Business rates review – have your say!

Business rates have long been a point of contention amongst many businesses, and not least in the Retail sector.

According to the British Retail Consortium, retailers are responsible for raising £7 billion in business rates annually, paying £2.30 in business rates for every £1 paid in corporation tax.  The Covid-19 measures introduced a welcome 12 months’ business rates holiday for the tax year 2020/2021 for all businesses in the Retail and Hospitality & Leisure sectors, in recognition that this will make a considerable difference to a hard hit sector.

Due to the transforming face of retail, with the increase in technology and changing consumer habits already in full swing before the immense challenges posed by Covid-19 disruption, UK high streets have lost many familiar brands in recent years (BHS, Mothercare, Oasis and Warehouse, Debenhams, Cath Kidson, TM Lewin, to name a fraction), either due to permanent closure or restructuring of stores while in administration.  Whilst there are many factors involved in these high rates of demise, it is not surprising that retailers have been amongst the most vocal in pushing for a reform of the business rate system, which, it is argued, treats bricks and mortar operators differently to online retailers, creating an unfair playing field in the market.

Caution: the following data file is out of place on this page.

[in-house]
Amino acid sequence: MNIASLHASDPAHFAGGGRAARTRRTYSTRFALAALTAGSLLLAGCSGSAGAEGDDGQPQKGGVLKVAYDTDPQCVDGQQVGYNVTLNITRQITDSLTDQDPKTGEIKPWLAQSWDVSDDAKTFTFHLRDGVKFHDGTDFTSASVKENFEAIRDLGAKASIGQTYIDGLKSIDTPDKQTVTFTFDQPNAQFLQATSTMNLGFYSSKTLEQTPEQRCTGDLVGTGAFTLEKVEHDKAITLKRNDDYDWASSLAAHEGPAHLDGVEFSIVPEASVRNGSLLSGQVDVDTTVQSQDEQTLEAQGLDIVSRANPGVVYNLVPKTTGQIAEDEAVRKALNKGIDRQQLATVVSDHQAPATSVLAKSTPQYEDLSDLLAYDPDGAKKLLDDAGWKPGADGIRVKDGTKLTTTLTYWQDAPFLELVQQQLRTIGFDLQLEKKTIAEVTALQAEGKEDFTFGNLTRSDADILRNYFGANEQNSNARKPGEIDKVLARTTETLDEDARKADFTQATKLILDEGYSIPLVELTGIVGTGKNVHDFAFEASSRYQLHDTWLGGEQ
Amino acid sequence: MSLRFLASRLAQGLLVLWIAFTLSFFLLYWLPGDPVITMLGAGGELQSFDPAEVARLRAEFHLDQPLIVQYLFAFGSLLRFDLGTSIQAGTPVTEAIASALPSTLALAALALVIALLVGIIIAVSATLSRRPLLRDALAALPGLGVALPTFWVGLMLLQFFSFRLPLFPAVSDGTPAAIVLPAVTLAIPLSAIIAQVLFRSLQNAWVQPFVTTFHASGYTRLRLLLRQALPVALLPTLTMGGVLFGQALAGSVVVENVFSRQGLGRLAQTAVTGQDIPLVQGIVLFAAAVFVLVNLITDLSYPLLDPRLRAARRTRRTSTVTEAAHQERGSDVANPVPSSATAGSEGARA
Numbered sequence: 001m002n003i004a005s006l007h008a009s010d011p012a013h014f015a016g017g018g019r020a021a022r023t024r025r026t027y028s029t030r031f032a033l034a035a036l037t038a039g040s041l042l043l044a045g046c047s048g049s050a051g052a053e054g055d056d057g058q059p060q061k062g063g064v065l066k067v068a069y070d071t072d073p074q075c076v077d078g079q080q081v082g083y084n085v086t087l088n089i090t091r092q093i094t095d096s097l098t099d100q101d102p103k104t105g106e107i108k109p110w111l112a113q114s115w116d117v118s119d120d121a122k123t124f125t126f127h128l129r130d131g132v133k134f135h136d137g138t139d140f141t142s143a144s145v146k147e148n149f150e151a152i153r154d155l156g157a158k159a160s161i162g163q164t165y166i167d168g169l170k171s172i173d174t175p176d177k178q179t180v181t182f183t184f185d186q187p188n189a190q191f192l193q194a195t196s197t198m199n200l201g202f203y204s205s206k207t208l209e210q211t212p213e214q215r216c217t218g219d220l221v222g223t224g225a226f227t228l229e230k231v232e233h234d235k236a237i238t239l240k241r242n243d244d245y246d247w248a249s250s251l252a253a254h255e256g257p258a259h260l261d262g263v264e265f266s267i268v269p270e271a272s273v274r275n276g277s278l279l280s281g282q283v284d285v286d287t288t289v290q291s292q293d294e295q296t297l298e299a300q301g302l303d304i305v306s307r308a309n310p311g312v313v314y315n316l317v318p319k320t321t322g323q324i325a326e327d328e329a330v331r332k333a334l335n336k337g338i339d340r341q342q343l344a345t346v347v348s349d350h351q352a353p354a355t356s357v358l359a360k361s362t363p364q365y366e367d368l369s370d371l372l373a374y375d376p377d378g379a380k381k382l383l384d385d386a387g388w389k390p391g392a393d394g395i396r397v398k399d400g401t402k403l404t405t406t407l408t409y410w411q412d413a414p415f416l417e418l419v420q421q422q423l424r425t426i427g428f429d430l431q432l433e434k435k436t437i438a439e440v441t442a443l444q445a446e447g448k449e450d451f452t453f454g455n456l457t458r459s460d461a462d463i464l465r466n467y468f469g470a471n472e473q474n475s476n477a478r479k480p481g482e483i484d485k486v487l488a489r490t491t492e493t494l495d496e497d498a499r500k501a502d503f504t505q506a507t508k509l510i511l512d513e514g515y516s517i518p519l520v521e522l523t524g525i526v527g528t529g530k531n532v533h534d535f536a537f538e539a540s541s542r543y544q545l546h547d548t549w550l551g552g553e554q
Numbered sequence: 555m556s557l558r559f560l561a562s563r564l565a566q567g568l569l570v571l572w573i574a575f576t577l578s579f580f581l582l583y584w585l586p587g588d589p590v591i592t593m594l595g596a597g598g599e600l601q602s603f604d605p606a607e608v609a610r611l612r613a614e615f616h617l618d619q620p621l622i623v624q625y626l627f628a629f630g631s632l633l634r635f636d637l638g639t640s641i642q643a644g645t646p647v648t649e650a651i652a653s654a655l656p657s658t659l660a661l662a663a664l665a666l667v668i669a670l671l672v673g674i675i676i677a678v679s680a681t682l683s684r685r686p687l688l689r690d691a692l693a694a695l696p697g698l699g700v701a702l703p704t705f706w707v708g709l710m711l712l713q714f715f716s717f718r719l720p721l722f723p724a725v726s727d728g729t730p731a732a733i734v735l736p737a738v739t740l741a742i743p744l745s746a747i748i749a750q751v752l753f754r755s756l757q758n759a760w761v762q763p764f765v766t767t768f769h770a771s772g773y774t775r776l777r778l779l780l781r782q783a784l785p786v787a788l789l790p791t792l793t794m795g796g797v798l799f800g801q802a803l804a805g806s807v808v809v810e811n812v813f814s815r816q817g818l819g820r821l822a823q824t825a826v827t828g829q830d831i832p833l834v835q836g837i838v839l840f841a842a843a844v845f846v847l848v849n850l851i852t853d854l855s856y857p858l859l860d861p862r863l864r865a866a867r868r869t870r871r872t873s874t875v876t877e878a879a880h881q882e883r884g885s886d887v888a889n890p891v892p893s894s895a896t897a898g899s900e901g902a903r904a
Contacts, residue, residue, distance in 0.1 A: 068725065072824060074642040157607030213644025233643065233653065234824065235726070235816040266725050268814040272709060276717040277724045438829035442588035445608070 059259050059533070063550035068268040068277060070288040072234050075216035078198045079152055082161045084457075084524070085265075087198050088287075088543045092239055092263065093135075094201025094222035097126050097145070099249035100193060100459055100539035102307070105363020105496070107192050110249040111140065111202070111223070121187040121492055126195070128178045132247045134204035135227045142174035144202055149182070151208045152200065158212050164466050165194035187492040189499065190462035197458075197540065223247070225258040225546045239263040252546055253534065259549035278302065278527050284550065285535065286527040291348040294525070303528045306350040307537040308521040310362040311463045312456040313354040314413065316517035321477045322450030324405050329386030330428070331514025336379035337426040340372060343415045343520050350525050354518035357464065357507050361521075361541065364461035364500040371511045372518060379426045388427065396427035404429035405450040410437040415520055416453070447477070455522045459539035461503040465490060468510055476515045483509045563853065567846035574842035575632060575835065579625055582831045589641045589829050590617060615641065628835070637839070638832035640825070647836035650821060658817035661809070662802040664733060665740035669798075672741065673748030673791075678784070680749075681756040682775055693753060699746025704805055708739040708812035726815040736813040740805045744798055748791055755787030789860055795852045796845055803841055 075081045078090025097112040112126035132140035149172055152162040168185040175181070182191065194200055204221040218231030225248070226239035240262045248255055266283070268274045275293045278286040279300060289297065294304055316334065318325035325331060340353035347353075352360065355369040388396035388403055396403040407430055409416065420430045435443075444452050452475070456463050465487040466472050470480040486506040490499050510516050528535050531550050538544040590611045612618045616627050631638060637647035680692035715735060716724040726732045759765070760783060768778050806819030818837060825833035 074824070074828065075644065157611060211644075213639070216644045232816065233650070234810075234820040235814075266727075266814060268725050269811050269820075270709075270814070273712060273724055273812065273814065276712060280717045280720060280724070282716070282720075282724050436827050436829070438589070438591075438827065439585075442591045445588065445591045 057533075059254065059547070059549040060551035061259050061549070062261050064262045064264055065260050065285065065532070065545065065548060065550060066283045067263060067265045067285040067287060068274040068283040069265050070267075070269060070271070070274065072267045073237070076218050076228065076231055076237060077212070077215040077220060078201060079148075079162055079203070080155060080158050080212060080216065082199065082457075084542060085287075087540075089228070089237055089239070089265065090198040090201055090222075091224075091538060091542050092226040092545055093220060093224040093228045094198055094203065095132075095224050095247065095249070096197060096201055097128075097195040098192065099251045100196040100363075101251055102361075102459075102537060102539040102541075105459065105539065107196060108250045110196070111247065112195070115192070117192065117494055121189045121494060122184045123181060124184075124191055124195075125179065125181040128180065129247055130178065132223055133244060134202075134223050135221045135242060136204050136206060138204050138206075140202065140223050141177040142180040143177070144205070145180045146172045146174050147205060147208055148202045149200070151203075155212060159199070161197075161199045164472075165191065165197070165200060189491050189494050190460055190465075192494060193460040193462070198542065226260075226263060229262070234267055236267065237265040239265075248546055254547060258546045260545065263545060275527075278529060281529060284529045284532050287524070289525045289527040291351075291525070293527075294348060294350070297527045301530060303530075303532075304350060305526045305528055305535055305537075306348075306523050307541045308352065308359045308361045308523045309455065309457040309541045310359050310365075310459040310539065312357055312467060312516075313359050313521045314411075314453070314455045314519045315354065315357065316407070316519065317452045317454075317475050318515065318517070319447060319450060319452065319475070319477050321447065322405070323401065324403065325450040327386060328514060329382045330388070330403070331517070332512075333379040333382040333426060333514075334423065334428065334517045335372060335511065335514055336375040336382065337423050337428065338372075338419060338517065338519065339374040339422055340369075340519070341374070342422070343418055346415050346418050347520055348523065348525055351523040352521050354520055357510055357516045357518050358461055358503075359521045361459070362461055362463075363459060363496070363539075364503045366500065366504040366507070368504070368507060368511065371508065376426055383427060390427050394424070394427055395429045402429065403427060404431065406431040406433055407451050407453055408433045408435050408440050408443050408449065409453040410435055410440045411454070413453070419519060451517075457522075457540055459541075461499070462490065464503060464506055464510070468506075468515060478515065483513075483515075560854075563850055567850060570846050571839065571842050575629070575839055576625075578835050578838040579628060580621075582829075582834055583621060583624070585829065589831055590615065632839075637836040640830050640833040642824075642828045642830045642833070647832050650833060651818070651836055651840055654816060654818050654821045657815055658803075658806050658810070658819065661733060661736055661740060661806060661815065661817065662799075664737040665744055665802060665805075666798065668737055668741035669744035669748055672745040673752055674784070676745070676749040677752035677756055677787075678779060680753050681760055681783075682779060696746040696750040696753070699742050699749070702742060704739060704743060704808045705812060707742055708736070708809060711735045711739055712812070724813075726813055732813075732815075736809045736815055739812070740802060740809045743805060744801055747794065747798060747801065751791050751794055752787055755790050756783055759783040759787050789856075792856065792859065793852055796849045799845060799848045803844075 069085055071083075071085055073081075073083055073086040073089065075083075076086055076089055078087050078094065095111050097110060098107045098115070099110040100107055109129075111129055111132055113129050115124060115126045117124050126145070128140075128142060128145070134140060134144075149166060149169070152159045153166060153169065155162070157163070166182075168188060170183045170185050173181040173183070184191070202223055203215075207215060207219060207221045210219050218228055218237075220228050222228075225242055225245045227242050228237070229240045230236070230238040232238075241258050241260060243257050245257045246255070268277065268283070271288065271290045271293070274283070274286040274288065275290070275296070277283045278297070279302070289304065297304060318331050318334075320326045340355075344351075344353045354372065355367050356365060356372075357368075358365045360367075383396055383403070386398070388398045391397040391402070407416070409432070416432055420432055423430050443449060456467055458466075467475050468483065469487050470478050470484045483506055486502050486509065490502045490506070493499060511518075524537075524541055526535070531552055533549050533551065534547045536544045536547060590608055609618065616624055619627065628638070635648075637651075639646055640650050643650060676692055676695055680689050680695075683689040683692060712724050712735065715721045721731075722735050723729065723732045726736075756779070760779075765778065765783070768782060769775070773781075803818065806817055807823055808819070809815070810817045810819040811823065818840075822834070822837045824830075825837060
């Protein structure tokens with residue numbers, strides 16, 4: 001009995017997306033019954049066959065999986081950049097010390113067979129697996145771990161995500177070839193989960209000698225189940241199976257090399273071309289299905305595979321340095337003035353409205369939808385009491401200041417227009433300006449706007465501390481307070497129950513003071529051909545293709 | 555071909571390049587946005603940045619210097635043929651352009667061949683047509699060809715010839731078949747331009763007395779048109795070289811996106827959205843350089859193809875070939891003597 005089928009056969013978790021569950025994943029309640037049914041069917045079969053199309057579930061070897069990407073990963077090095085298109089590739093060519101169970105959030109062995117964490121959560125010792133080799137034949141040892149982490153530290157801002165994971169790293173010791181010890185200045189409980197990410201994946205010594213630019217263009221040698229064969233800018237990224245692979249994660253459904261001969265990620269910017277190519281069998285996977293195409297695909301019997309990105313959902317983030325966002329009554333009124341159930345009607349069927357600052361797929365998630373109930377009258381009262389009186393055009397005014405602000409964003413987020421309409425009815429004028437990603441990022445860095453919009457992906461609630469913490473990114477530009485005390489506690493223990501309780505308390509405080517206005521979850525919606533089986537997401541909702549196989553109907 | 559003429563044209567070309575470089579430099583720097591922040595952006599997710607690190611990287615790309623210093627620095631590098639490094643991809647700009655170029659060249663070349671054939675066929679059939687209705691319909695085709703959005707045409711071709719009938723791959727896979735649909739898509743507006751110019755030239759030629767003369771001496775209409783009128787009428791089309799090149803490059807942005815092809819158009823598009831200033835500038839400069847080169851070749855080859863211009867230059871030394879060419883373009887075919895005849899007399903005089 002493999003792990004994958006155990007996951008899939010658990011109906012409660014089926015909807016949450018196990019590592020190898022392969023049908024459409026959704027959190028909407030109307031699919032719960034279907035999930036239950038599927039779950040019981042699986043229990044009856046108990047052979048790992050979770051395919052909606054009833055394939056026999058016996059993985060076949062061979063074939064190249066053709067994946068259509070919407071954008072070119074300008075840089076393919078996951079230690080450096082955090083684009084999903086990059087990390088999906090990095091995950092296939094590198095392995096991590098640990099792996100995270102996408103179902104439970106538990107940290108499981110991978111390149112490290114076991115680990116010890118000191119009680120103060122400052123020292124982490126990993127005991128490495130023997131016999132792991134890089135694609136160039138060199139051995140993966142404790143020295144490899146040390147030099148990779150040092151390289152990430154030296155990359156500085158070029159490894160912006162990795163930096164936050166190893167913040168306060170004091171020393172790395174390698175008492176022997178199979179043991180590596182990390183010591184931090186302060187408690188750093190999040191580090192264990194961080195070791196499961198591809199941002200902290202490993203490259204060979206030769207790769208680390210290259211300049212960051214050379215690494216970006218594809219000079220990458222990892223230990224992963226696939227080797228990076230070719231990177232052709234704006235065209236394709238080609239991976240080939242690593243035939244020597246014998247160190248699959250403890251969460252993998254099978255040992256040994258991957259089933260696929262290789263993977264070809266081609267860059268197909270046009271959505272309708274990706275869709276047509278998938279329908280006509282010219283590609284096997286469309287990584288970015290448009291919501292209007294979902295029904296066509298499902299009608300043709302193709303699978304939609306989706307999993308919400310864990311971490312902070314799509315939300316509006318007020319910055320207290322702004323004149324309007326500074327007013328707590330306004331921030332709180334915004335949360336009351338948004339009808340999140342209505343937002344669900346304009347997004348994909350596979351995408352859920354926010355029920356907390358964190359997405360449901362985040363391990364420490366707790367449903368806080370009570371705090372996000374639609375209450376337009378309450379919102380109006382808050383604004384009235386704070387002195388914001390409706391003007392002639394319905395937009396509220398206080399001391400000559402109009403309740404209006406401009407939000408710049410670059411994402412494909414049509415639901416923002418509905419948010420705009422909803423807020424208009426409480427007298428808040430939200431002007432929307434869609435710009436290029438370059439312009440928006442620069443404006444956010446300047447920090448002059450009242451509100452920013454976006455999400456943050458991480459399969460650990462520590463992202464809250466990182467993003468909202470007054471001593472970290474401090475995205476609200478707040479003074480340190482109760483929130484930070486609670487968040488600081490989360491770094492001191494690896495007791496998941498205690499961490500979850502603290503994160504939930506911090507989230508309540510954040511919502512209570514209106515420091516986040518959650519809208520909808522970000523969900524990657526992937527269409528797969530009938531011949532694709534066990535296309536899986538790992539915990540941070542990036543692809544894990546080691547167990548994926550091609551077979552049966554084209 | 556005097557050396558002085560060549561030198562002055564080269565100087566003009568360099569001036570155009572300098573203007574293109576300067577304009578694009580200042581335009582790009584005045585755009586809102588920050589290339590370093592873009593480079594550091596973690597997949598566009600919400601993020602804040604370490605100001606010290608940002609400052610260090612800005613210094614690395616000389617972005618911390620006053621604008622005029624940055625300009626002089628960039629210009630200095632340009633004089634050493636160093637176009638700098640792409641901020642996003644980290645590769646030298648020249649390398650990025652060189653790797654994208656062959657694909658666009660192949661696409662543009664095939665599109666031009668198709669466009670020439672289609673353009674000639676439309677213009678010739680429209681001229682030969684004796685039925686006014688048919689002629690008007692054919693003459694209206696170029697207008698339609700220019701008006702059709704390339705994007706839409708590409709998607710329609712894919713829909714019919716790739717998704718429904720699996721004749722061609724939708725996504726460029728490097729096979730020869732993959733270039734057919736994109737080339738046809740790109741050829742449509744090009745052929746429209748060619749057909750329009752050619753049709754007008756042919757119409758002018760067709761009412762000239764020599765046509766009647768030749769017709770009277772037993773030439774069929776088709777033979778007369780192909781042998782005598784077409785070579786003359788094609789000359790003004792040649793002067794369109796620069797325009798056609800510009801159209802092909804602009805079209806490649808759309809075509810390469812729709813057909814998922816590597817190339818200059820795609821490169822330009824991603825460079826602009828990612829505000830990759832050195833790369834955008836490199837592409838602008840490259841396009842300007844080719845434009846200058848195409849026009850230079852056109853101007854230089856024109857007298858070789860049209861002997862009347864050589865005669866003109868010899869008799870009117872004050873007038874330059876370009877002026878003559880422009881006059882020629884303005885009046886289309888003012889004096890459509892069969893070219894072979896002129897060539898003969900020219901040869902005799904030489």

The Chancellor announced a fundamental review of business rates in his Budget 2020 speech, following a call to action by many lobby groups, and HM Treasury have recently released their request for evidence from interested parties.

The request is in two tranches.  Tranche 1 seeks views on the way the multiplier is set and whether the current raft of reliefs and exemptions fulfil their objectives, whilst tranche 2 considers revaluations, valuation methods and alternatives to business rates, such as an online sales tax.  A digital services tax has already been introduced from 1 April 2020, and the rules include a 2% rate on taxable revenues for the provision of online market place services, so the appetite for taxing digital businesses in the UK is already clear.  For further information on digital services tax, see our blog.

Details of the business rates consultation and how to respond can be found here.  Stakeholders are required to provide responses relating to Tranche 1 (the multiplier and reliefs sections of the review), and any other areas of pressing concern, by 18th September 2020.

Responses to all other sections (Tranche 2) are required by 31st October 2020.